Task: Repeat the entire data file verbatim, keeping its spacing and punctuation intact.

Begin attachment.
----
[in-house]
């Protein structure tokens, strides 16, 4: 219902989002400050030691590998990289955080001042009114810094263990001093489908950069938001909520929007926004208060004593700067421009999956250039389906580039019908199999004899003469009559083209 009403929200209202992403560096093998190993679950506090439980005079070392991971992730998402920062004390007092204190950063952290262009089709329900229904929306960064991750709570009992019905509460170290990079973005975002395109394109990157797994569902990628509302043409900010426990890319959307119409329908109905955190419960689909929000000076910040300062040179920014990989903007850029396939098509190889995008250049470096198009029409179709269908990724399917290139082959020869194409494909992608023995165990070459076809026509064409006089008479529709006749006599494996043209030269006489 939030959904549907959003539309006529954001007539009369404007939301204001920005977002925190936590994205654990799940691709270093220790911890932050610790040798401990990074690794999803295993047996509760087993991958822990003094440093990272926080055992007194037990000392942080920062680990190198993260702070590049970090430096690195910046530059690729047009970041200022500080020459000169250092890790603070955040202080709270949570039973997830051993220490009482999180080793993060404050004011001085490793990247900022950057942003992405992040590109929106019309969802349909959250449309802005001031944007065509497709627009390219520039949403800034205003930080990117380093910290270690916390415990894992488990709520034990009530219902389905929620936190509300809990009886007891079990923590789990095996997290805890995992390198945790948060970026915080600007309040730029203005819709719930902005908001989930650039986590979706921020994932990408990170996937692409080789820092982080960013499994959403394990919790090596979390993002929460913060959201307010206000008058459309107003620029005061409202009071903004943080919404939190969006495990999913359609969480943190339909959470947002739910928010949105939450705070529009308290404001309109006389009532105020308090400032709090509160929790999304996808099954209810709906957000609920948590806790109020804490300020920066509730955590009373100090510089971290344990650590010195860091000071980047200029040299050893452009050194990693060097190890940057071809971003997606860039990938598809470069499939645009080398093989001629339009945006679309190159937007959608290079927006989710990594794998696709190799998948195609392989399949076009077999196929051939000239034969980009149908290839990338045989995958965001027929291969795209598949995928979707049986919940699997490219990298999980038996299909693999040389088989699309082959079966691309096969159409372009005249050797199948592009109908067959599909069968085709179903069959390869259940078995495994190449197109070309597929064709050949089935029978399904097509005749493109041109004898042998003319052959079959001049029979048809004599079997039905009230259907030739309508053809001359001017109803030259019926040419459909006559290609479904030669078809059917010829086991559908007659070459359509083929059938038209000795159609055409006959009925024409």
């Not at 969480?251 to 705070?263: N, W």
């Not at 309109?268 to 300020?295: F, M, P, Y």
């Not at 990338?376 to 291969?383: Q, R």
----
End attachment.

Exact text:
[in-house]
């Protein structure tokens, strides 16, 4: 219902989002400050030691590998990289955080001042009114810094263990001093489908950069938001909520929007926004208060004593700067421009999956250039389906580039019908199999004899003469009559083209 009403929200209202992403560096093998190993679950506090439980005079070392991971992730998402920062004390007092204190950063952290262009089709329900229904929306960064991750709570009992019905509460170290990079973005975002395109394109990157797994569902990628509302043409900010426990890319959307119409329908109905955190419960689909929000000076910040300062040179920014990989903007850029396939098509190889995008250049470096198009029409179709269908990724399917290139082959020869194409494909992608023995165990070459076809026509064409006089008479529709006749006599494996043209030269006489 939030959904549907959003539309006529954001007539009369404007939301204001920005977002925190936590994205654990799940691709270093220790911890932050610790040798401990990074690794999803295993047996509760087993991958822990003094440093990272926080055992007194037990000392942080920062680990190198993260702070590049970090430096690195910046530059690729047009970041200022500080020459000169250092890790603070955040202080709270949570039973997830051993220490009482999180080793993060404050004011001085490793990247900022950057942003992405992040590109929106019309969802349909959250449309802005001031944007065509497709627009390219520039949403800034205003930080990117380093910290270690916390415990894992488990709520034990009530219902389905929620936190509300809990009886007891079990923590789990095996997290805890995992390198945790948060970026915080600007309040730029203005819709719930902005908001989930650039986590979706921020994932990408990170996937692409080789820092982080960013499994959403394990919790090596979390993002929460913060959201307010206000008058459309107003620029005061409202009071903004943080919404939190969006495990999913359609969480943190339909959470947002739910928010949105939450705070529009308290404001309109006389009532105020308090400032709090509160929790999304996808099954209810709906957000609920948590806790109020804490300020920066509730955590009373100090510089971290344990650590010195860091000071980047200029040299050893452009050194990693060097190890940057071809971003997606860039990938598809470069499939645009080398093989001629339009945006679309190159937007959608290079927006989710990594794998696709190799998948195609392989399949076009077999196929051939000239034969980009149908290839990338045989995958965001027929291969795209598949995928979707049986919940699997490219990298999980038996299909693999040389088989699309082959079966691309096969159409372009005249050797199948592009109908067959599909069968085709179903069959390869259940078995495994190449197109070309597929064709050949089935029978399904097509005749493109041109004898042998003319052959079959001049029979048809004599079997039905009230259907030739309508053809001359001017109803030259019926040419459909006559290609479904030669078809059917010829086991559908007659070459359509083929059938038209000795159609055409006959009925024409």
């Not at 969480?251 to 705070?263: N, W």
């Not at 309109?268 to 300020?295: F, M, P, Y």
């Not at 990338?376 to 291969?383: Q, R």